Since about last Friday, the expression “court packing” has received a marvelous new definition. From the “things you should have learned in school” file, it was president Franklin Delano Roosevelt, the Thirty-Second President of the United States, who, in 1937, threatened to pack the court with sympathetic justices in order to get his New Deal approved. FDR was frustrated that the Court kept comparing his New Deal legislation to the Constitution of the United States and, after so doing, striking it down. For 83 years we have all agreed on the meaning of the expression “to pack the court.” It has meant to expand the number of justices so that the Court is no longer the final (supreme) court of appeal in the United States but rather becomes an unelected, super-legislature designed to approve whatever the President wants to do. Since 1937 most law schools and most civics classes (if anyone still teaches American Civics any more) have denounced court-packing as a dangerous scheme. In the last few days, however, some who oppose the current president’s latest nominee to the fill the vacancy left by the death of Justice Ruth Bader Ginsburg, have begun to describe the process of filling vacancies on the Federal Judiciary, including vacancies on the Supreme Court, as “court packing.” The same folks who have effectively destroyed the American educational system now seek to capitalize on that destruction by bamboozling the public into thinking that the Senate is doing something immoral or possibly illegal.
As I listened to the debate this morning it struck me how similar it is to the debate about the meaning of the adjective Reformed. One of the arguments that has been made most frequently in favor of the relatively recent attempt to re-define Reformed along minimalist, theologically inclusive, and even latitudinarian lines, has been: the meaning of words change. This argument has been made to me in the comments box in this very space. Never mind the fact that the meaning of Reformed was established around the middle of the 16th century and remained stable until about 15 years ago. As I documented in my essay in On Being Reformed, those Baptists that first began to identify with aspects of Reformed theology did not dare describe themselves as Reformed. They called themselves Particular Baptists. The Reformed did not recognize them as Reformed. They called them Anabaptists. The existence of Reformed Baptist Churches is virtually unknown to history until very recently indeed.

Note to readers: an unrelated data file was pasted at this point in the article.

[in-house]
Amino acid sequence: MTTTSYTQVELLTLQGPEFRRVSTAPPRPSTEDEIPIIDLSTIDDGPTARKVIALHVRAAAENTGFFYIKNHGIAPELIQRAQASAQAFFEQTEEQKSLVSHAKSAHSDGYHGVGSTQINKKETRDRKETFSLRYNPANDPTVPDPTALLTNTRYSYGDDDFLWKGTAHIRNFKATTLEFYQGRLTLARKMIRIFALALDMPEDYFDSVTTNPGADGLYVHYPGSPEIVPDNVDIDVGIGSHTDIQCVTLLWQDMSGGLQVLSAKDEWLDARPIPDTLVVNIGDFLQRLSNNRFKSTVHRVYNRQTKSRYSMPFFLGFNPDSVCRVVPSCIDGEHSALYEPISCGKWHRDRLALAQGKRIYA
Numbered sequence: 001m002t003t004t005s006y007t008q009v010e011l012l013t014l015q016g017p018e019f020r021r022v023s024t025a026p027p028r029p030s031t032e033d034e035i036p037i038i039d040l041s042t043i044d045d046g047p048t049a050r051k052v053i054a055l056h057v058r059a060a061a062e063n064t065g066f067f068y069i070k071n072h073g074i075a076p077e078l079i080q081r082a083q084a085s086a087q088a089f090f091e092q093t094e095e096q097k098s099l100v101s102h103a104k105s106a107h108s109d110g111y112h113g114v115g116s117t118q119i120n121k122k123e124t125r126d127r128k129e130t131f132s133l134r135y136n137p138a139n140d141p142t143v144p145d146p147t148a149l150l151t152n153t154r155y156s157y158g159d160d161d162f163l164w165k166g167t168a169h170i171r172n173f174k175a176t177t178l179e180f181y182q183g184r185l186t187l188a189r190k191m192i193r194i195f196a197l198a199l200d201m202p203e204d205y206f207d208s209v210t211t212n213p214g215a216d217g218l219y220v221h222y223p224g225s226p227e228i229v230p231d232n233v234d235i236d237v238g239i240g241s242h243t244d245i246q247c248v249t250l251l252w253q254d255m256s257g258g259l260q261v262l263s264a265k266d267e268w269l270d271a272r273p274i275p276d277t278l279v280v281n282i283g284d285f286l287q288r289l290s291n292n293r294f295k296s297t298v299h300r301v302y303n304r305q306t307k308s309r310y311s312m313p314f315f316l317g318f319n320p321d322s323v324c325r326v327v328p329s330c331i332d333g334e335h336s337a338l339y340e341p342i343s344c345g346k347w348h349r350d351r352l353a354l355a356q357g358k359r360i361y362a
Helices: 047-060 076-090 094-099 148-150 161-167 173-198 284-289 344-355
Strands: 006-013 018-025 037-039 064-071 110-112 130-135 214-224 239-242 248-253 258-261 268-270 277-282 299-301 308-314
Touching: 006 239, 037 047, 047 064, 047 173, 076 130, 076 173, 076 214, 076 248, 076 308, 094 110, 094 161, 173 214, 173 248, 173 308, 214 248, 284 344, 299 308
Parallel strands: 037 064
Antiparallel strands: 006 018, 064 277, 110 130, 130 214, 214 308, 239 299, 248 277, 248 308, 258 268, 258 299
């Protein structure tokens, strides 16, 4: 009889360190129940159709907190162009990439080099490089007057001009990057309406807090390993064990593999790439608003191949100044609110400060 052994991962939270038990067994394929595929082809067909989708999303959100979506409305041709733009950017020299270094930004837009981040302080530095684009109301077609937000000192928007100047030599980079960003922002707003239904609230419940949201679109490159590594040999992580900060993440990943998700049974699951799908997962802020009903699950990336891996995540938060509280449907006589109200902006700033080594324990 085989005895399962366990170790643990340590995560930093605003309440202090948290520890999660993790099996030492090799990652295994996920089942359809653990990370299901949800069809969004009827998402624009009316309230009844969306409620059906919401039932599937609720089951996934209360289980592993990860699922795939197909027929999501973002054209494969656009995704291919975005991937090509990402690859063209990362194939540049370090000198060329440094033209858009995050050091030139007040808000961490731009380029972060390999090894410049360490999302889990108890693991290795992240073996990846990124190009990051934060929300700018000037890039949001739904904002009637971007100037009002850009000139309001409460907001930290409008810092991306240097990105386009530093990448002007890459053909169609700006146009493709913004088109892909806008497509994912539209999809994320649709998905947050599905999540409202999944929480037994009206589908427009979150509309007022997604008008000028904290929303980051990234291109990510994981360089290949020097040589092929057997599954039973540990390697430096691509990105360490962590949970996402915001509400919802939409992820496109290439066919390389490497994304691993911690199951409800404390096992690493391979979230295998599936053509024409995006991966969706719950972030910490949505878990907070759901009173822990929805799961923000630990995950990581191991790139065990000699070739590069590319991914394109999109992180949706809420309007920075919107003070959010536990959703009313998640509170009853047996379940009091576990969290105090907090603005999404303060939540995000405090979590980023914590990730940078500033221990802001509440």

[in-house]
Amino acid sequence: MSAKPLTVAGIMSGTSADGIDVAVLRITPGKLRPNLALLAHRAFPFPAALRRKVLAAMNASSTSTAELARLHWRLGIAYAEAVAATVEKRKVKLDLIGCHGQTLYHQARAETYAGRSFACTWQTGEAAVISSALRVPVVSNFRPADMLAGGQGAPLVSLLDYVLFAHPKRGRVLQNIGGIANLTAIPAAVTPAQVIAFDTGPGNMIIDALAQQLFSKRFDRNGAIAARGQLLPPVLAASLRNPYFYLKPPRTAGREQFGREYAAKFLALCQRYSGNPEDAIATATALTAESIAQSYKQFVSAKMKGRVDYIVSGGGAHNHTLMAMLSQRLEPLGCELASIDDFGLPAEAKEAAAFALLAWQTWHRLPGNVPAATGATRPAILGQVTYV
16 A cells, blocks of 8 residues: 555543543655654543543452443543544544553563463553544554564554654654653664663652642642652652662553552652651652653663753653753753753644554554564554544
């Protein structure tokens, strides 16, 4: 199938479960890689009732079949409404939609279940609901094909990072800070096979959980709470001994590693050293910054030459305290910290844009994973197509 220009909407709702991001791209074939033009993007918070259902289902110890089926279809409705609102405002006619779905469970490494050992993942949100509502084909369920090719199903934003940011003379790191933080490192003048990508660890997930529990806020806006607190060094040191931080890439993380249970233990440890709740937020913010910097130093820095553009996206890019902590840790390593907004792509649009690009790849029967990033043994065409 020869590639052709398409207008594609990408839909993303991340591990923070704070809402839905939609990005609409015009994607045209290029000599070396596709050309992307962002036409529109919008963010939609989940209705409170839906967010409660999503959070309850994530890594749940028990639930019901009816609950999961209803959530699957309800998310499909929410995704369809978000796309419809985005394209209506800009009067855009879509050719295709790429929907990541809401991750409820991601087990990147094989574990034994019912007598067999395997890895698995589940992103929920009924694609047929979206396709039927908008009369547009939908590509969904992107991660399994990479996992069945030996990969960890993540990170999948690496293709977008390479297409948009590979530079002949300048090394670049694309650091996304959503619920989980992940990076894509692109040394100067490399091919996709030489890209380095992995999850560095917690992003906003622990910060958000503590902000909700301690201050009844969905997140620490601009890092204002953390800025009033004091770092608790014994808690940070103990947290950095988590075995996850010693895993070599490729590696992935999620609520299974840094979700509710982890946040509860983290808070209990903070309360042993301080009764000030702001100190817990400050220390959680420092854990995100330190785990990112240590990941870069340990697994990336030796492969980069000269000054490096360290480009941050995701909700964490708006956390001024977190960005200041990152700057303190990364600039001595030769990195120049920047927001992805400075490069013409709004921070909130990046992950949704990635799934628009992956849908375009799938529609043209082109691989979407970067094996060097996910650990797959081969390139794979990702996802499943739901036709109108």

The notion that the word Reformed can mean what it only began to mean 15 years ago quite ignores the fact that confessional Reformed churches still confess and seek to practice the sixteenth-and seventeenth-century Reformed confessions, e.g., the Heidelberg Catechism, the Belgic Confession, the Canons of Dort, and the Westminster Standards (to name only 6). Nevertheless, there are those who, under the cover of a passion for an evolving language, assert that “the meanings of words change” and therefore those who deny essential aspects of Reformed covenant theology as taught and practiced by the Reformed Churches, who deny the Reformed reading of the history of redemption, who deny the Reformed understanding of the nature of the covenant of grace, are now ostensibly Reformed.
I raise the question about the apparently newfound passion among Baptists for the fluidity of language because I perceive that their support for this approach to the meaning of words is selective. E.g., I have asked some of those Baptists who seek to re-define Reformed to include Baptists, if this means that we Reformed paedobaptists may now be considered Baptists, since we affirm things that Baptists affirm, e.g., the baptism of hitherto unbaptized adult converts? If Baptists can be Reformed, why may we not claim the adjective Baptist? Thus far I have not received a cogent reply. As I observe the debates about “court packing,” I wonder how many Baptists are appalled at the attempt to re-define the phrase “court packing” who heartily support the argument that Baptists can be Reformed?
© R. Scott Clark 2020. All Rights Reserved.
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- Matthew Bingham, Chris Caughey, R. Scott Clark, Crawford Gribben, and D. G. Hart, On Being Reformed: Debates Over A Theological Identity.
- R. Scott Clark, Recovering the Reformed Confession
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